Data from two internationally co-ordinated survey programmes are used in an attempt to display the events in the early life that took place during the 'recovery period' of the North Sea herring stock, 1979-1986. During the period, an increasing importance of the spawning grounds off Buchan and off Yorkshire is evident from distributions of newly hatched herring larvae. The dramatic changes in relative importance of spawning grounds are traced in the data on both late larvae (6 months old) and juveniles (18 months old). The onset of extended spawning off Buchan and off Yorkshire was followed by increase in distinct groups of late larvae of large mean length, and by enlargement of a group of medium-sized juveniles. It is hypothesized that the identified groups are interconnected. Thus, larvae spawned off Buchan and off Yorkshire are found to have growth rates superior to those attained by larvae from west of Scotland and around the Orkney/Shetland Isles, whereas the relationship is reversed in the juveniles. In the investigated period, larval drift routes exhibited the same trends from year to year, the drift of the northerly spawned larvae being the most variable. Thus, changes in the relative contributions from spawning grounds apparently influence the overall spatial distribution as well as size composition of larval and juvenile North Sea herring. The findings indicate that groups of larvae retain, to a large extent, separate distributions until metamorphosis, and point to larval drift pattern as a determinant of spawning group distinctness.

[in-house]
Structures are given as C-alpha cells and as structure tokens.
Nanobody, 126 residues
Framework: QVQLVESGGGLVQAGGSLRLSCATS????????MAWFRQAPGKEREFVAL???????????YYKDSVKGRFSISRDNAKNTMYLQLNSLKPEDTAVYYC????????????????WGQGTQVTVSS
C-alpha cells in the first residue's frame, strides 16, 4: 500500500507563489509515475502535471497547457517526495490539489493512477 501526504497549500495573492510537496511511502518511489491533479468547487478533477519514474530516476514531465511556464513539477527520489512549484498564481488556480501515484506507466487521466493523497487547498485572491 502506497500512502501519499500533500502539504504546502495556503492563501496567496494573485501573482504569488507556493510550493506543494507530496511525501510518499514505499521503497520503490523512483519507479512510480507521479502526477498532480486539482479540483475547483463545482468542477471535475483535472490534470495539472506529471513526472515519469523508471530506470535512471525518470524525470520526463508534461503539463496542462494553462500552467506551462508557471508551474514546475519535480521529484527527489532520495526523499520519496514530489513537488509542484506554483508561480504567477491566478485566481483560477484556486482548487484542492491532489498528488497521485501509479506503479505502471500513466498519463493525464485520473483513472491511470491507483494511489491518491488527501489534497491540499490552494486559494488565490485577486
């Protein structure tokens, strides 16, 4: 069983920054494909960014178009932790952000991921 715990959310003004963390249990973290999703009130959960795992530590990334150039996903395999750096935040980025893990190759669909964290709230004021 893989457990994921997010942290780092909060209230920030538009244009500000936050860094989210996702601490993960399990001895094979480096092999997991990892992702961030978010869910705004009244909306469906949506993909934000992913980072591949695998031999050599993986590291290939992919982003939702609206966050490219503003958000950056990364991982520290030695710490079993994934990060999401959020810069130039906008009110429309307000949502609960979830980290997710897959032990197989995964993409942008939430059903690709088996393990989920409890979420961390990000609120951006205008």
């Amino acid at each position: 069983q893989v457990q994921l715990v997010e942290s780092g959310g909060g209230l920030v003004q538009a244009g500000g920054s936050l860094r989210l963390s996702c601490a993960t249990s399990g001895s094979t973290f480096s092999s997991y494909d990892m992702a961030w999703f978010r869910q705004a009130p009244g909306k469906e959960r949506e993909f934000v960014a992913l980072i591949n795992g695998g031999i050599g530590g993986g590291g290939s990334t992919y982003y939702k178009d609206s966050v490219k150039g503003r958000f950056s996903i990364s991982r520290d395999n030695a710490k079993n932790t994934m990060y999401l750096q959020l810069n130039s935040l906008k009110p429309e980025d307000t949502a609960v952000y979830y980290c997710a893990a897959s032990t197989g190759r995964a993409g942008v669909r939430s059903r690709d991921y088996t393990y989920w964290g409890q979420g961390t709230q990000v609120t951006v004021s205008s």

Journal of Fish Biology, 1990, Vol 37, Issue 1, p. 135-148